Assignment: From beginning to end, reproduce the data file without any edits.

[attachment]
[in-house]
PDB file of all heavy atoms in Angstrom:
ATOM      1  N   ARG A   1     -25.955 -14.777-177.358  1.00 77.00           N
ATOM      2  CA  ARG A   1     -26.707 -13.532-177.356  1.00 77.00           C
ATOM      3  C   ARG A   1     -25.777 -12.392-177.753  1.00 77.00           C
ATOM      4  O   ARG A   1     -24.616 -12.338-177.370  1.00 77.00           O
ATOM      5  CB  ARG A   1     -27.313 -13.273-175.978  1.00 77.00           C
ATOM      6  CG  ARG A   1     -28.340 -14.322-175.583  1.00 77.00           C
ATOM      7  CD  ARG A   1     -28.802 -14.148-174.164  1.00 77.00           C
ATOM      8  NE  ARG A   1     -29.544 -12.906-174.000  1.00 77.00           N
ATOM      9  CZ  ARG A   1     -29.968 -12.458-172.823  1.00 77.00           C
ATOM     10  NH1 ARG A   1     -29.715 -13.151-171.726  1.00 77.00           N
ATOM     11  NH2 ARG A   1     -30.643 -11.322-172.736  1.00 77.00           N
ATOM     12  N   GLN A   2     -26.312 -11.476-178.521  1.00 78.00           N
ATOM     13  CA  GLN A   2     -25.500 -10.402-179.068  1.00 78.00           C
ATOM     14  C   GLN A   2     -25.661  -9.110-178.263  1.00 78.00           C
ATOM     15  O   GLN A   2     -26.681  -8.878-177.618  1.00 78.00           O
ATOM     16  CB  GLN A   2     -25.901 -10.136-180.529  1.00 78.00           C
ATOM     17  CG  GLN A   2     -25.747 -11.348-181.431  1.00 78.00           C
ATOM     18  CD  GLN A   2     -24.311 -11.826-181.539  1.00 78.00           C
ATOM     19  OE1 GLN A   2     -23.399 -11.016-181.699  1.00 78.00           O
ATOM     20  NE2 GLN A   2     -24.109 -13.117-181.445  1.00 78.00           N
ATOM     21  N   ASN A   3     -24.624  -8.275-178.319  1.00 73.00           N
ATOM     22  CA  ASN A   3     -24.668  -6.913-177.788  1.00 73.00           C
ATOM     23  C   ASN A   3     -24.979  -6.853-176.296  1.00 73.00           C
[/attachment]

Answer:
[in-house]
PDB file of all heavy atoms in Angstrom:
ATOM      1  N   ARG A   1     -25.955 -14.777-177.358  1.00 77.00           N
ATOM      2  CA  ARG A   1     -26.707 -13.532-177.356  1.00 77.00           C
ATOM      3  C   ARG A   1     -25.777 -12.392-177.753  1.00 77.00           C
ATOM      4  O   ARG A   1     -24.616 -12.338-177.370  1.00 77.00           O
ATOM      5  CB  ARG A   1     -27.313 -13.273-175.978  1.00 77.00           C
ATOM      6  CG  ARG A   1     -28.340 -14.322-175.583  1.00 77.00           C
ATOM      7  CD  ARG A   1     -28.802 -14.148-174.164  1.00 77.00           C
ATOM      8  NE  ARG A   1     -29.544 -12.906-174.000  1.00 77.00           N
ATOM      9  CZ  ARG A   1     -29.968 -12.458-172.823  1.00 77.00           C
ATOM     10  NH1 ARG A   1     -29.715 -13.151-171.726  1.00 77.00           N
ATOM     11  NH2 ARG A   1     -30.643 -11.322-172.736  1.00 77.00           N
ATOM     12  N   GLN A   2     -26.312 -11.476-178.521  1.00 78.00           N
ATOM     13  CA  GLN A   2     -25.500 -10.402-179.068  1.00 78.00           C
ATOM     14  C   GLN A   2     -25.661  -9.110-178.263  1.00 78.00           C
ATOM     15  O   GLN A   2     -26.681  -8.878-177.618  1.00 78.00           O
ATOM     16  CB  GLN A   2     -25.901 -10.136-180.529  1.00 78.00           C
ATOM     17  CG  GLN A   2     -25.747 -11.348-181.431  1.00 78.00           C
ATOM     18  CD  GLN A   2     -24.311 -11.826-181.539  1.00 78.00           C
ATOM     19  OE1 GLN A   2     -23.399 -11.016-181.699  1.00 78.00           O
ATOM     20  NE2 GLN A   2     -24.109 -13.117-181.445  1.00 78.00           N
ATOM     21  N   ASN A   3     -24.624  -8.275-178.319  1.00 73.00           N
ATOM     22  CA  ASN A   3     -24.668  -6.913-177.788  1.00 73.00           C
ATOM     23  C   ASN A   3     -24.979  -6.853-176.296  1.00 73.00           C